One of my main tasks is to continue my journey learning Chiyawo. After so many years you would think that I can do it ok – well its always a case of the more you know, the more you realise you don’t know! While I can successfully small talk my way around the village and even have deeper discussions on things with people, once conversations involve more people and the discussion ranges into new and wonderful contexts I can very easily gets lost in the speed and sheer complexity of words and concepts. In order to work on that I am focussing on listening and dissecting the speech of everyday people speaking Yawo – not my language helper, or people who know me well as they tend to modify their speech as they know what I know and can understand… they’re nice like that :-). In order to do this I am collecting recordings of people talking about their day-to-day lives, their work and the deep history of their area.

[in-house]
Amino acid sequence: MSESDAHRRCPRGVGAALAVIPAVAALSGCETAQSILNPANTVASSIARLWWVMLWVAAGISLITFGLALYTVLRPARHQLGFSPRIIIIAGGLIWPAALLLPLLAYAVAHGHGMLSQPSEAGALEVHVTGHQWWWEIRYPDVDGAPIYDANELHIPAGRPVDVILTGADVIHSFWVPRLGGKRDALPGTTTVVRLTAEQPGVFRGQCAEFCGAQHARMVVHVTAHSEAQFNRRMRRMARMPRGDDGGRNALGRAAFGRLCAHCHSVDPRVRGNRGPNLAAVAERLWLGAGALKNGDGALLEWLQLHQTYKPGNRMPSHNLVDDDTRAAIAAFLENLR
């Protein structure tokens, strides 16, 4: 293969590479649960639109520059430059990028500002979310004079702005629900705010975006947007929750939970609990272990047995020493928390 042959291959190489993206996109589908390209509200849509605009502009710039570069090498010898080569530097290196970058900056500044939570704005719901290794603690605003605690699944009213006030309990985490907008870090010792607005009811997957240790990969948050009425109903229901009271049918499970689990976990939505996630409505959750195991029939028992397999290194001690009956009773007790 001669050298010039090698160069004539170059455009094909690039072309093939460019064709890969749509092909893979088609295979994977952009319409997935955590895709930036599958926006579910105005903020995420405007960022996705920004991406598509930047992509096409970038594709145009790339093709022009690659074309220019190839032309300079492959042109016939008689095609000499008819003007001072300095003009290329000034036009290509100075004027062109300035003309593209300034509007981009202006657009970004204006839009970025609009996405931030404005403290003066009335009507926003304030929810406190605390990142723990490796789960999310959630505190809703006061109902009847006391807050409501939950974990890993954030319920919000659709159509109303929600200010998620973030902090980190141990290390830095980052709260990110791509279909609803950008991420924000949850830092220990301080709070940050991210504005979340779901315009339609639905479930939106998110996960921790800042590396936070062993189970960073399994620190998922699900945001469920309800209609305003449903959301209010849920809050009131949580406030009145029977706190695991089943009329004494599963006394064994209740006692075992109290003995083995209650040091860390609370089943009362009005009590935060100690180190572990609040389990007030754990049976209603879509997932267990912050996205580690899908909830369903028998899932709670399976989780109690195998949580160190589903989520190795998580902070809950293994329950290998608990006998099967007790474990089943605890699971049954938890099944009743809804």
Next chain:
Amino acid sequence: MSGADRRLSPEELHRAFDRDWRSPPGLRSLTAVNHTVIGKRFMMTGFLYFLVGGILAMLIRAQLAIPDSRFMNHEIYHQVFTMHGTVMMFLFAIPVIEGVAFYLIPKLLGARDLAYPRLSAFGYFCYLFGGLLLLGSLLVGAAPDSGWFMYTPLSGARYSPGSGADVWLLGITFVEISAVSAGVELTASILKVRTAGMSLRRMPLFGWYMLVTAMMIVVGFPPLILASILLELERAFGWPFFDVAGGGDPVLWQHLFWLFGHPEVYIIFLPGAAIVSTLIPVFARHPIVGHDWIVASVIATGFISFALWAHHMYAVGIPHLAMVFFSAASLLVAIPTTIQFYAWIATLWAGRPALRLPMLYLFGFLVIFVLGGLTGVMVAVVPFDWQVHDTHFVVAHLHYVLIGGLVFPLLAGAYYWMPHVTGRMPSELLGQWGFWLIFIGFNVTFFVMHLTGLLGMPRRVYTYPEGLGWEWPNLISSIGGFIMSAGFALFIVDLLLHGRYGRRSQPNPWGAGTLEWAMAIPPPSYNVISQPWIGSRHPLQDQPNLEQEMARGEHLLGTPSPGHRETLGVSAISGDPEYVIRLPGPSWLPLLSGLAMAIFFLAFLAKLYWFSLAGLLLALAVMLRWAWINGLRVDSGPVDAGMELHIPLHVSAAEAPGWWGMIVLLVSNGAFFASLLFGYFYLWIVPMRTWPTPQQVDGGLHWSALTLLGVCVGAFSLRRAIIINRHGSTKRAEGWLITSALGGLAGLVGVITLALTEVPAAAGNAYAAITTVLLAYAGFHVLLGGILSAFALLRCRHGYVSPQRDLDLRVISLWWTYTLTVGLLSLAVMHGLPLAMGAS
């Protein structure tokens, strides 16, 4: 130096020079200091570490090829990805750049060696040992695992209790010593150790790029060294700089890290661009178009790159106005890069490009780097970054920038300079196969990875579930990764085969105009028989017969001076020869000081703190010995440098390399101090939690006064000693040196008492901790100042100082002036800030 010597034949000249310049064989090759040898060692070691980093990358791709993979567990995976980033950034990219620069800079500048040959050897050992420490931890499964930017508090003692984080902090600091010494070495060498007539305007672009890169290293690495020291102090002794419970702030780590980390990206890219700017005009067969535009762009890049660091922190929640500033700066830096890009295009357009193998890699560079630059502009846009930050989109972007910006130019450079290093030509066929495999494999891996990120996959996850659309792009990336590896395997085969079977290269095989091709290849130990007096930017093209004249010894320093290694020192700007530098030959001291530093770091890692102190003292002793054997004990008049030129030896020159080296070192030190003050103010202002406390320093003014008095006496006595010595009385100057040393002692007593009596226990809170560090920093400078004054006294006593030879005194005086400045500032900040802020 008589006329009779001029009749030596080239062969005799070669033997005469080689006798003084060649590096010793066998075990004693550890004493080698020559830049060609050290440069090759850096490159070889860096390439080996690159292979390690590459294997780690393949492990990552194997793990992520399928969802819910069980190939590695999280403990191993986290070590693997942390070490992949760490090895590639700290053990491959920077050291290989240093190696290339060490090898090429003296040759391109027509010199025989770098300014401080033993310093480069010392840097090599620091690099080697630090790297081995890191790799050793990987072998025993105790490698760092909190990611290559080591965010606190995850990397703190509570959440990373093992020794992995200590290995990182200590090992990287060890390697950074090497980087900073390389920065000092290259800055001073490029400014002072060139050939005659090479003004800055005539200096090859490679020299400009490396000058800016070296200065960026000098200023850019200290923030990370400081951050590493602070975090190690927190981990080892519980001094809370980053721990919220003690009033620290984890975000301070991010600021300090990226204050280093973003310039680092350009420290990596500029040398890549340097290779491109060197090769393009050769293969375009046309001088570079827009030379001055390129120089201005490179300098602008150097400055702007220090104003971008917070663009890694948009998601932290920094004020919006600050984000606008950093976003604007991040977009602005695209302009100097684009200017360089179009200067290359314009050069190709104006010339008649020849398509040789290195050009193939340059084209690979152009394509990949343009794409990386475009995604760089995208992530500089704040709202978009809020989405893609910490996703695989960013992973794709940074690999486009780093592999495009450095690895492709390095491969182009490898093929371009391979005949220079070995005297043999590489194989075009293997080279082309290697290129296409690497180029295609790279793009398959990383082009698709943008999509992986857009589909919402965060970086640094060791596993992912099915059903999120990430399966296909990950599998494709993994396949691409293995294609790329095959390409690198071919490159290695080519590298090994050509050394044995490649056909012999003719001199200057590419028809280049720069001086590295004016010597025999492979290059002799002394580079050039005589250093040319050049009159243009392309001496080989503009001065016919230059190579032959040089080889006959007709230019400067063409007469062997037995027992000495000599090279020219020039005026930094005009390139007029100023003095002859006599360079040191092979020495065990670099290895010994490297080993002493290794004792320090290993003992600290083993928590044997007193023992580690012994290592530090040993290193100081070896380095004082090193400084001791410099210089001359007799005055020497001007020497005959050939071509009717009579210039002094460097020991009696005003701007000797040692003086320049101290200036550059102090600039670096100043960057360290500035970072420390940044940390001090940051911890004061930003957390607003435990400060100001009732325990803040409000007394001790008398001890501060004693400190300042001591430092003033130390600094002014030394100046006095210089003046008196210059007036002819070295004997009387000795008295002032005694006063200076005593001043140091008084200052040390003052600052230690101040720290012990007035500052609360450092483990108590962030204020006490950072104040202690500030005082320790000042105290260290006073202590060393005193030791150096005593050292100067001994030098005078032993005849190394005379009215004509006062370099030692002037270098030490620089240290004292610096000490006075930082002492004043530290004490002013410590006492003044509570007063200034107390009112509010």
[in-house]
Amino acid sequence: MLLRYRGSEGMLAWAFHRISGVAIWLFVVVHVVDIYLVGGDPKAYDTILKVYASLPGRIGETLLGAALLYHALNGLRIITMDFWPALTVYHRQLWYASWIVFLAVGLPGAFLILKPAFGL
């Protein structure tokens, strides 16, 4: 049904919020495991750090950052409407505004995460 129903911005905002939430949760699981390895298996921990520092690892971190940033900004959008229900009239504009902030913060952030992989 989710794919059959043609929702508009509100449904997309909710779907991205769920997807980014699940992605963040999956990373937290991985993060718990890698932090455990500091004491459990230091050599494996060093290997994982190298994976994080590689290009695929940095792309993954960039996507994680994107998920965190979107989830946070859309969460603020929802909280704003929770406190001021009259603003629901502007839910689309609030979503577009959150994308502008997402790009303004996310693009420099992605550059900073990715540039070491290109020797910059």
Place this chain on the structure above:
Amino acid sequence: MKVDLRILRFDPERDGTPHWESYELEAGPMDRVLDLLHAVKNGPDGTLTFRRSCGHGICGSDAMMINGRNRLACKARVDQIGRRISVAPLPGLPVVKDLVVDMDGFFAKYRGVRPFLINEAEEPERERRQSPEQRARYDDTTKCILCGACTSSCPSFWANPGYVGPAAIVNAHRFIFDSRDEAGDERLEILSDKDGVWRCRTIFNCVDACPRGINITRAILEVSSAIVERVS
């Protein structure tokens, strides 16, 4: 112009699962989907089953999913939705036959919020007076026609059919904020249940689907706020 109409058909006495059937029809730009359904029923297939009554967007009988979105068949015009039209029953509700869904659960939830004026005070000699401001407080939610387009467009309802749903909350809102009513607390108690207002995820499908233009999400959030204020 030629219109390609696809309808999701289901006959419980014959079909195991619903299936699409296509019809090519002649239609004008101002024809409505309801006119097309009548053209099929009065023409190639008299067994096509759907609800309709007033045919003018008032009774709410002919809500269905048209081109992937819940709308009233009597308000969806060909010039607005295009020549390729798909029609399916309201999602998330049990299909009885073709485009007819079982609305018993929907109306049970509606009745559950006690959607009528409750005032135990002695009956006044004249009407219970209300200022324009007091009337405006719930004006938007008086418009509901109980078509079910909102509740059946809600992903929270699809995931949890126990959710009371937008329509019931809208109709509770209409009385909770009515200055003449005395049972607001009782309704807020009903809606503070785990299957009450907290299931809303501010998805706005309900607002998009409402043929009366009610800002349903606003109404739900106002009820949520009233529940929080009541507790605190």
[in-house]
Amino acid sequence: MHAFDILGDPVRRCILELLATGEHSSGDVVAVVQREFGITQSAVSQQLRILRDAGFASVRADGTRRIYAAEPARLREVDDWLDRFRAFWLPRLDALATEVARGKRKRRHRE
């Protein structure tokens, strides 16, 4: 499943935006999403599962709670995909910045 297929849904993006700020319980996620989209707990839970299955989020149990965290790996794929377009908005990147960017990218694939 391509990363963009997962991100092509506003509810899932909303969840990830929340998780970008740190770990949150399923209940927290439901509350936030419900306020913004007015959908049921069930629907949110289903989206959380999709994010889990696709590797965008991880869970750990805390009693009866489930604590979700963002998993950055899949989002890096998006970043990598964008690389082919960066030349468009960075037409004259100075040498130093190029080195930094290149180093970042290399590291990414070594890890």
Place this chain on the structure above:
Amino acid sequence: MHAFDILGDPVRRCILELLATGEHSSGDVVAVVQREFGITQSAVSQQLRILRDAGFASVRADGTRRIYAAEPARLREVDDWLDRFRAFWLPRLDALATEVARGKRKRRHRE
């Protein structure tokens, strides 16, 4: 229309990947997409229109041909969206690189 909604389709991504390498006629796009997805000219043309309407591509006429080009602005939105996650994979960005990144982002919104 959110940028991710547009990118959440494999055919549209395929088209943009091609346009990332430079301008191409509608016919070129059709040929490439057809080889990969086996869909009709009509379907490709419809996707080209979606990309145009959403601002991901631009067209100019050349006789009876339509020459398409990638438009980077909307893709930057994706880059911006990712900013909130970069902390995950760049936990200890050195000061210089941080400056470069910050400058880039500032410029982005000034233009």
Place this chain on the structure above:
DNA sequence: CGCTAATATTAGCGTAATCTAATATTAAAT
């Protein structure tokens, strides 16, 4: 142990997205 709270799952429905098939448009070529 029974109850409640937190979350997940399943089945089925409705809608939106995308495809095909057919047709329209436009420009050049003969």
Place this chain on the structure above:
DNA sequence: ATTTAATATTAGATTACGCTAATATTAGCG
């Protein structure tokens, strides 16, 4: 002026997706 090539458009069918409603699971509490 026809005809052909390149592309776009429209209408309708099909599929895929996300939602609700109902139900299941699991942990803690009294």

Getting people to open up about their history is eye opening. This morning I spent time interviewing these two characters (pictured below) about what life was like before “white people came”. Before sugar, salt, salt and even clothes. They explained how they performed various tasks and lived in a time much different to now. It included making sure you built a strong door for your house so the lions couldn’t get in and everyone being indoors from 3-4pm, again, because of the lions!
Asking people to share about the past also includes hearing gut wrenching stories about the war of independence and also the civil war. The memories of people contain so much pain and dislocation but they are happy to share and talk of these experiences. It’s not just learning language.